The money the Red Sox have to pay the Rangers and the money Rodriguez is allowed to move essentially is equal, making it a straight trade that may come down to Boston owner John Henry.
Sources close to the negotiations say that after dealing with Boston owners Henry and Tom Werner, Rangers owner Tom Hicks has lowered his asking price from $25 million to $13 million. After nearly two days of negotiations with the union, Rodriguez's agent Scott Boras has moved the union from approving a $5 million restructuring of A-Rod's contract to $13 million.
Rodriguez took a wait-and-see approach, saying Saturday he
didn't want to comment publicly on the status of the
on-and-off deal. But, according to sources, Rodriguez's passion for this trade has diminished, both because of his relationship with Hicks and his encounters with Red Sox CEO Larry Lucchino.
Rodriguez was reportedly incensed when a Lucchino statement Wednesday not only made reference to Alex and his wife -- neither of whom Lucchino has ever met -- but also tried to drive a stake between A-Rod and the union, portraying Rodriguez as some union-buster who cared little for his fellow players.
"What happens from here on out will depend on whether John Henry steps forward, and undoes some of the damage rendered by his employee Lucchino," said one source.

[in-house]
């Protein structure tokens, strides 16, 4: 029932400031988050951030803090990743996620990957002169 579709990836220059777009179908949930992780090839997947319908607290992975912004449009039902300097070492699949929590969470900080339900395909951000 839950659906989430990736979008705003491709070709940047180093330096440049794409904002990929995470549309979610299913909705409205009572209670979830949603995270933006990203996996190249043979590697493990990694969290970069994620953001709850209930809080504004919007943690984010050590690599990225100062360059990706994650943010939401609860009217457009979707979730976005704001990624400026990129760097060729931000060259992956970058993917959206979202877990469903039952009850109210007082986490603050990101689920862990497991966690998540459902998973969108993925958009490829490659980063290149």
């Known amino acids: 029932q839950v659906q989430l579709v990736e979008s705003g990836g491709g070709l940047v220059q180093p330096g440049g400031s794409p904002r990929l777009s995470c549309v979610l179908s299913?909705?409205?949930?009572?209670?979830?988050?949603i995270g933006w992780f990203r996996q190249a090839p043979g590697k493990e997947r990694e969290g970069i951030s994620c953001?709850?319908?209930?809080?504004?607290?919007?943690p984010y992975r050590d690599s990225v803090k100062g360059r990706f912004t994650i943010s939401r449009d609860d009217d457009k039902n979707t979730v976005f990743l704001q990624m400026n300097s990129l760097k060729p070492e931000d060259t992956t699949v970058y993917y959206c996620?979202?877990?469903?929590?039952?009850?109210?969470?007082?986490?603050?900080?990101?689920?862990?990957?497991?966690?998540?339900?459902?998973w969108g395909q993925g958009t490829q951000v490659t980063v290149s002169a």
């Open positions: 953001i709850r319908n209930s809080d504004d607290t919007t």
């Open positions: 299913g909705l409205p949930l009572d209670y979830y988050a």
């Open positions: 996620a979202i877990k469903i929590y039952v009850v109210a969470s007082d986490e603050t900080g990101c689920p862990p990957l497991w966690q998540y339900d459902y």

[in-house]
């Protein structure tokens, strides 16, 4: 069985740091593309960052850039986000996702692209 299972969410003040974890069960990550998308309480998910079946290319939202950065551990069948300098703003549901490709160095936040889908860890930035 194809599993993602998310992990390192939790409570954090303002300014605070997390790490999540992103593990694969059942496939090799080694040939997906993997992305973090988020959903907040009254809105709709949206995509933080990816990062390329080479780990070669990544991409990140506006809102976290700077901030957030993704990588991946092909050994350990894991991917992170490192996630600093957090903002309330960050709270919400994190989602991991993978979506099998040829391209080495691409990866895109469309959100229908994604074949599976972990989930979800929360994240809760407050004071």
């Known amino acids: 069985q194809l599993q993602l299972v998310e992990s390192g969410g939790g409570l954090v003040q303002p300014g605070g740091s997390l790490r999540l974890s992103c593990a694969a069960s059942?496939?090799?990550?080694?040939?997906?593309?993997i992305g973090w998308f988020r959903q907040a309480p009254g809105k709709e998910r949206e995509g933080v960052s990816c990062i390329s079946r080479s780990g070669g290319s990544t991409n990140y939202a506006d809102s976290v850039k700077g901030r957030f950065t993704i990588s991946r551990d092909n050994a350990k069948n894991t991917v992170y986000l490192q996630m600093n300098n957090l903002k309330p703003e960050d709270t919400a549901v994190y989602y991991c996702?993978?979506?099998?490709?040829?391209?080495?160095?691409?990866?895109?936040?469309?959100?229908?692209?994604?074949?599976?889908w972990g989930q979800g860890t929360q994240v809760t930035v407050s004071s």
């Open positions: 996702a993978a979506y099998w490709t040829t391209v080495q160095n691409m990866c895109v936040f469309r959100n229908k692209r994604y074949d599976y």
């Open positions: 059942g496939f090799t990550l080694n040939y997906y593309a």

Lucchino is vacationing with family in Pittsburgh and was taken off the negotiations with Hicks. When that happened, progress was finally made.
Meanwhile, Boras headed home to California on Saturday, blaming the Red Sox and Rangers for the collapse of the deal. Rodriguez, who has spent the week in New York on vacation with
his wife, planned to leave town Sunday.
The Red Sox proclaimed the trade "dead" Thursday, blaming the
Major League Baseball Players Association for not approving a $28 million to $30 million reduction in Rodriguez's $252 million, 10-year contract. Texas, also blaming the union, said it wasn't prepared to say talks were over.
"We worked very hard on this deal," Boras said Saturday. "Alex has done everything he can to show his good faith by committing $13 million. The two sides were $20 million apart. You would think mutual concessions by both teams would allow this deal to happen."
The players' association said it would allow a restructuring of
the contract but not a reduction. Boras proposed that the remaining
$179 million Rodriguez is owed over the next seven years be reduced
by $12 million -- $13 million if interest on deferred money is
included -- in exchange for his client gaining the right to use
Boston's logos in marketing deals.
Information from The Associated Press was used in this report.